Professor Joseph Stiglitz, who is a Nobel laureate in economics and somebody who spends a fair bit of time thinking about these things, said the following:

The TPP proposes to freeze into a binding trade agreement many of the worst features of the worst laws in the TPP countries, making needed reforms extremely difficult if not impossible.

The investor state dispute resolution mechanisms should not be shrouded in mystery to the general public, while the same provisions are routinely discussed with advisors to big corporations.

None of this is being done in the national interest. This is an agreement being hammered out in the corporate interest. If somebody as esteemed in his field as Professor Stiglitz is of that view, we should take that very, very seriously.

We are fortunate, as I said to those staff, campaigners and journalists in the publishing organisation WikiLeaks, that they have had the bravery to have stayed in business despite the extraordinary persecution that has been meted out to them so that we do have some sense of what is in the IP chapters. There are some very specific concerns. I want to concentrate today mostly on an area that is very dear to me: areas around freedom of information, freedom of speech and digital rights, which are placed explicitly under threat by what we find contained in the IP chapter of the Trans-Pacific Partnership and also by what happens when you bring investor-state dispute mechanisms to bear on some of these issues. A lot of damage was done when Australia signed the Australia-US Free Trade Agreement, and I think it has been government policy to try to avoid, if possible, forcing any amendments into domestic law as a result of the IP chapter. It is not at all clear whether that is actually the case. We may be faced with a bill which we will be told, on a 'take it or leave it' basis, that this parliament has to pass.

I would also say, for those who may be following this debate from outside and may be a bit confused by the government's rhetoric of due process, that we have the treaties committee, which is designed to evaluate mechanisms like the TPP. I served on the treaties committee for 5½ years—nearly six years. That committee will not get a copy of the Trans-Pacific Partnership until after the government signs it. And while the committee, in my experience, does apply a very critical eye to these things, the government is not bound to accept any of its recommendations. The treaties committee will do the best that it can, but the agreement will already have been signed—trade ministers' and prime ministers' signatures will already be on the document—by the time Australia's accountability and oversight mechanisms get the chance to take a look at it. And then it will be a case of this parliament being told—effectively with a gun to its head—that it has to pass the enabling legislation to bring some of these provisions into force. What an utterly backwards and antiquated process for dealing with such an important issue.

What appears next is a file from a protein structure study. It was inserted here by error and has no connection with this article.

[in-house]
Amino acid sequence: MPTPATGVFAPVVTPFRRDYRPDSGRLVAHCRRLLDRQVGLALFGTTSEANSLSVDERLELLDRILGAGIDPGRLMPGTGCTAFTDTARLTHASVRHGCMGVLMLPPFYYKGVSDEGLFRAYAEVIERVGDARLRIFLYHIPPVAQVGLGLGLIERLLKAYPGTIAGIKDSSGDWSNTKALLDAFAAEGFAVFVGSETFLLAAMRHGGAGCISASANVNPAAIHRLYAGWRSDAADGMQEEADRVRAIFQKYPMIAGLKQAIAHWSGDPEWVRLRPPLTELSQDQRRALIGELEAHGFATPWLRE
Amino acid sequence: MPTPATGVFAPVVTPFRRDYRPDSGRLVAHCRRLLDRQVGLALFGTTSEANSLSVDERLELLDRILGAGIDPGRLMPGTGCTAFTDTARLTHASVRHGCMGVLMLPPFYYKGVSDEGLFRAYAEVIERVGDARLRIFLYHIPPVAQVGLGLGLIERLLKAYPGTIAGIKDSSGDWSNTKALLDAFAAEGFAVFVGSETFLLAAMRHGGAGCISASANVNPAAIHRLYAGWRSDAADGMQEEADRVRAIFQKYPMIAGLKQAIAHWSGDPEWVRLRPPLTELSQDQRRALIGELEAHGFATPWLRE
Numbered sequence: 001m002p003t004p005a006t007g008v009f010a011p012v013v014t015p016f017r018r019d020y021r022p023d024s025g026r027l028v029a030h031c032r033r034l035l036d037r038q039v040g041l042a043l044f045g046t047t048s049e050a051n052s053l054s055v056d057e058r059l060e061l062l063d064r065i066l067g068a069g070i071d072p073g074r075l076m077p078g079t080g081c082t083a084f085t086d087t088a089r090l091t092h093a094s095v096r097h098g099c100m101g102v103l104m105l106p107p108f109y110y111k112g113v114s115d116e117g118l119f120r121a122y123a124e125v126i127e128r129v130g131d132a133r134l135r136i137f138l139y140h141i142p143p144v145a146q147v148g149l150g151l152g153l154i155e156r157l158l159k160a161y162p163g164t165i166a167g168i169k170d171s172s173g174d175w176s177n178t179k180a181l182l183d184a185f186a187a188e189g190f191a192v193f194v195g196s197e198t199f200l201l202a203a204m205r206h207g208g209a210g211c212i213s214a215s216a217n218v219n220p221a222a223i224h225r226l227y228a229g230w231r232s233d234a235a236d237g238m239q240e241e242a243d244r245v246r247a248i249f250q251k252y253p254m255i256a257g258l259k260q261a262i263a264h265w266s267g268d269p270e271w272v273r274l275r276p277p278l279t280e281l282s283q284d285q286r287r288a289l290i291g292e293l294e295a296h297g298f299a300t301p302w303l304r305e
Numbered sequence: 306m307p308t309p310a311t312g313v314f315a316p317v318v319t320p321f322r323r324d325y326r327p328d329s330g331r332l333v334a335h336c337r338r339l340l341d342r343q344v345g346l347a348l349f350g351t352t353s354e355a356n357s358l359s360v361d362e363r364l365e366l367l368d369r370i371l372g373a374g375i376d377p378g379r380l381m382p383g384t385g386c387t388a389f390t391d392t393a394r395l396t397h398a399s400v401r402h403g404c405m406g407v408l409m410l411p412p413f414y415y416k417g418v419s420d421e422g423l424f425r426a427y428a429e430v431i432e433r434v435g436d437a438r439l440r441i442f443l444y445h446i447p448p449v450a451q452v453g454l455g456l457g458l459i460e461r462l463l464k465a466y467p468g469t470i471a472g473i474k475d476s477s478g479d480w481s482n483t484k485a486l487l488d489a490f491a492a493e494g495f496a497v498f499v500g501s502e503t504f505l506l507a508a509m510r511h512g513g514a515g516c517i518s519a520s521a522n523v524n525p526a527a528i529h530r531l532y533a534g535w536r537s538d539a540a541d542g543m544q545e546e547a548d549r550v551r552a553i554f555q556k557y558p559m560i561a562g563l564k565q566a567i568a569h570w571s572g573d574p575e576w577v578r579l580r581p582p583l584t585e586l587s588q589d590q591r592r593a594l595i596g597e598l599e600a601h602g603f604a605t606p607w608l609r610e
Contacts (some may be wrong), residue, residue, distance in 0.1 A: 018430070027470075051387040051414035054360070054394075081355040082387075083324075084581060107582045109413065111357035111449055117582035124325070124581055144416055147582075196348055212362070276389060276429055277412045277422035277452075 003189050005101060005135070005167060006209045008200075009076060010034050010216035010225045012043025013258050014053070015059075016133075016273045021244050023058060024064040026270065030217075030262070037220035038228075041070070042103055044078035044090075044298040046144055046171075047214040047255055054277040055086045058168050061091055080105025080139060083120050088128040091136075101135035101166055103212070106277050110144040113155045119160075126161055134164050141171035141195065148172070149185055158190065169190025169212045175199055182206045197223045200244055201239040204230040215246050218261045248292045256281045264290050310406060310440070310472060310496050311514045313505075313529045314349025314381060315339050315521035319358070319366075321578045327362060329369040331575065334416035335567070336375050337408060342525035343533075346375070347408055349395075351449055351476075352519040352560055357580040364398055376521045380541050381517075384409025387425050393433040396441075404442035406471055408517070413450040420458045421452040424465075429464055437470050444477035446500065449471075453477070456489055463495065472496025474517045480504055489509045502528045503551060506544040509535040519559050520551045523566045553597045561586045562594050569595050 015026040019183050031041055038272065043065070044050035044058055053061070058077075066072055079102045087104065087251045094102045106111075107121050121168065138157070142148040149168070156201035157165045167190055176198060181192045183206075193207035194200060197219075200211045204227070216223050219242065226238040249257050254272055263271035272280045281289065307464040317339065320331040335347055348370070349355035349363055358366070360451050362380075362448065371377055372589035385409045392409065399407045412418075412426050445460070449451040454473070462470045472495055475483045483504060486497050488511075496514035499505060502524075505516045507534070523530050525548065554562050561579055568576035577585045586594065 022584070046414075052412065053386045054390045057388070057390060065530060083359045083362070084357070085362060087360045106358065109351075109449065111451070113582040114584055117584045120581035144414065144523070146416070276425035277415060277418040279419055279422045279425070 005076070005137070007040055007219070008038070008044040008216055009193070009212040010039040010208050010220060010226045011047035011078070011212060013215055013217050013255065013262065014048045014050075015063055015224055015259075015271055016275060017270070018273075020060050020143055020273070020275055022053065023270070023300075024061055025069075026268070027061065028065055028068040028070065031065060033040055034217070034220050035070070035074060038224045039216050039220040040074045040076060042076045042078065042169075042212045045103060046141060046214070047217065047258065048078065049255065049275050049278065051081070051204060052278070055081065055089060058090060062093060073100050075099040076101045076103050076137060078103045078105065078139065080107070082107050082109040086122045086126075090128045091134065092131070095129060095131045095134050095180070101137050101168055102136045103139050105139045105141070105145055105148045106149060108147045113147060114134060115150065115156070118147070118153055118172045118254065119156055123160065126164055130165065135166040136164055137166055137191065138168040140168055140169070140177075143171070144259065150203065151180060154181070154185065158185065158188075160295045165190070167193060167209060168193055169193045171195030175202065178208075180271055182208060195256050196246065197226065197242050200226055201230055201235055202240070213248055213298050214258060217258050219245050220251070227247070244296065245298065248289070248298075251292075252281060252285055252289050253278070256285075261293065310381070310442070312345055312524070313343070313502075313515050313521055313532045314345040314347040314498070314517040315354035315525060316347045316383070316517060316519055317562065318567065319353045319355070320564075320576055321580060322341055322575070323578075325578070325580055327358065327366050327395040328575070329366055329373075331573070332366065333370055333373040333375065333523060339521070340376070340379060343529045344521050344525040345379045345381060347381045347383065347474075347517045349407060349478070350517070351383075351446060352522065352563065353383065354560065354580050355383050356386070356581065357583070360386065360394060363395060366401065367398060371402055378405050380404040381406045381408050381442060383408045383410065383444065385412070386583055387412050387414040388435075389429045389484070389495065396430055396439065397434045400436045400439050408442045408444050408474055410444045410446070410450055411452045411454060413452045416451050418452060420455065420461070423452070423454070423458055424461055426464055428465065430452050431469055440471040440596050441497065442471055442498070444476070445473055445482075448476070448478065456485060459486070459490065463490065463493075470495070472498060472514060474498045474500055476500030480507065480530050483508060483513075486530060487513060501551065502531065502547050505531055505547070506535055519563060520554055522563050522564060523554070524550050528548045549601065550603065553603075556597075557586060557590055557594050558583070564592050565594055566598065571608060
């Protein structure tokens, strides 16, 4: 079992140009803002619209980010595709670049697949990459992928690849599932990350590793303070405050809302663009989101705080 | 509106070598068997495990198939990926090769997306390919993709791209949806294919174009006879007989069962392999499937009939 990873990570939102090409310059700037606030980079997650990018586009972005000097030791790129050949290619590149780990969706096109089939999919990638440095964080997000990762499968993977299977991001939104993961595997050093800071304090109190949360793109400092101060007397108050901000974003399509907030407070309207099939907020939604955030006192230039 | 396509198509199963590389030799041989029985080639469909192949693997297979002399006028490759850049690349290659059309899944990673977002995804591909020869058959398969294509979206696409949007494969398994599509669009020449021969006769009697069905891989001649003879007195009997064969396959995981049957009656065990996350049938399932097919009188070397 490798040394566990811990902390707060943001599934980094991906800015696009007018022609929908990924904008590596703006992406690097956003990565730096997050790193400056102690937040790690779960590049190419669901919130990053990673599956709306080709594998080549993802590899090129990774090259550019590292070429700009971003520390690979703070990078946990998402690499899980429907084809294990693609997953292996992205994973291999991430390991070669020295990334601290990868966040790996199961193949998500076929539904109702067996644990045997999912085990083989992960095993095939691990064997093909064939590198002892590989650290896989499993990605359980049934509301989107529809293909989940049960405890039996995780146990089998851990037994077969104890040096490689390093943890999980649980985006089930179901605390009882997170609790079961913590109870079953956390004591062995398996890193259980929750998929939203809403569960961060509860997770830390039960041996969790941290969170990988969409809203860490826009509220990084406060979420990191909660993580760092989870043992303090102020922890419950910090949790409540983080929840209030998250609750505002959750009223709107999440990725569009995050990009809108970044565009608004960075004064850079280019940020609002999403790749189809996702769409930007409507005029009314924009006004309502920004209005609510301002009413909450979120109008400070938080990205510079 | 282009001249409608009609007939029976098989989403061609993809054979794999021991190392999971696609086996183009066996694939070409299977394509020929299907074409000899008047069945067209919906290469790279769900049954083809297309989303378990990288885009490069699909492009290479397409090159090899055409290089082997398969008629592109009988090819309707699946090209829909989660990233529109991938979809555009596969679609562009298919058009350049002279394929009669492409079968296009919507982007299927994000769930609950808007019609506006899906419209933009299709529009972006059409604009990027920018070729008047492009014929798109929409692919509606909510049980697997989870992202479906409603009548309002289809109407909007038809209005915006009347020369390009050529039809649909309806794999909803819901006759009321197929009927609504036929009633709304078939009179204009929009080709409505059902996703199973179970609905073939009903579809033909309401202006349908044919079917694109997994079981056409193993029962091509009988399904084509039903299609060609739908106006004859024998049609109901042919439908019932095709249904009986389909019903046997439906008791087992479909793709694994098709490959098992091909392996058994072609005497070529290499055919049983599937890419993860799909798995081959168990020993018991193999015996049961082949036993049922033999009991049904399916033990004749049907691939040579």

So, we have already done a certain amount of damage in Australian law. We effectively imported some of the worst aspects of US IP law, without their protections. The US has fair-use clauses, which mean that you cannot be prosecuted under US intellectual property law for doing stuff that is quite clearly not impinging on profits—commercial-scale piracy and that kind of stuff. In Australia the situation is very much unclear, and it appears that the Trans-Pacific Partnership, from what we know of the IP chapters, will make that situation much worse. And that is my principal question of what the rush is in bringing in mandatory data retention legislation—not necessarily so that the Federal Police can go and prosecute people who are found to be file sharing but so that rights holders from the US and elsewhere can go and trawl the metadata records of your teenage kids and send them threatening legal letters and the threat of gargantuan fines unless they pay up, or lengthy court cases unless they pay enormous fines. That is the kind of world that we are potentially stepping into here.

The document as it stands contains disproportionate and inappropriate enforcement provisions. It is all about enforcing the rights of rights holders, most of them from overseas, and there is nothing at all about public interest protections. Just to give you one example, a couple of years ago the Australian Law Reform Commission, partly in response to some of the damaging provisions that we embedded in Australian law after the Australia-US Free Trade Agreement was brought about, conducted quite a detailed inquiry into the copyright regime that prevails here in Australia. One of the recommendations they made at the time was to bring fair-use provisions—to effectively import some of the protective measures that exist in US law. We have the punitive stuff; we do not have the protective provisions.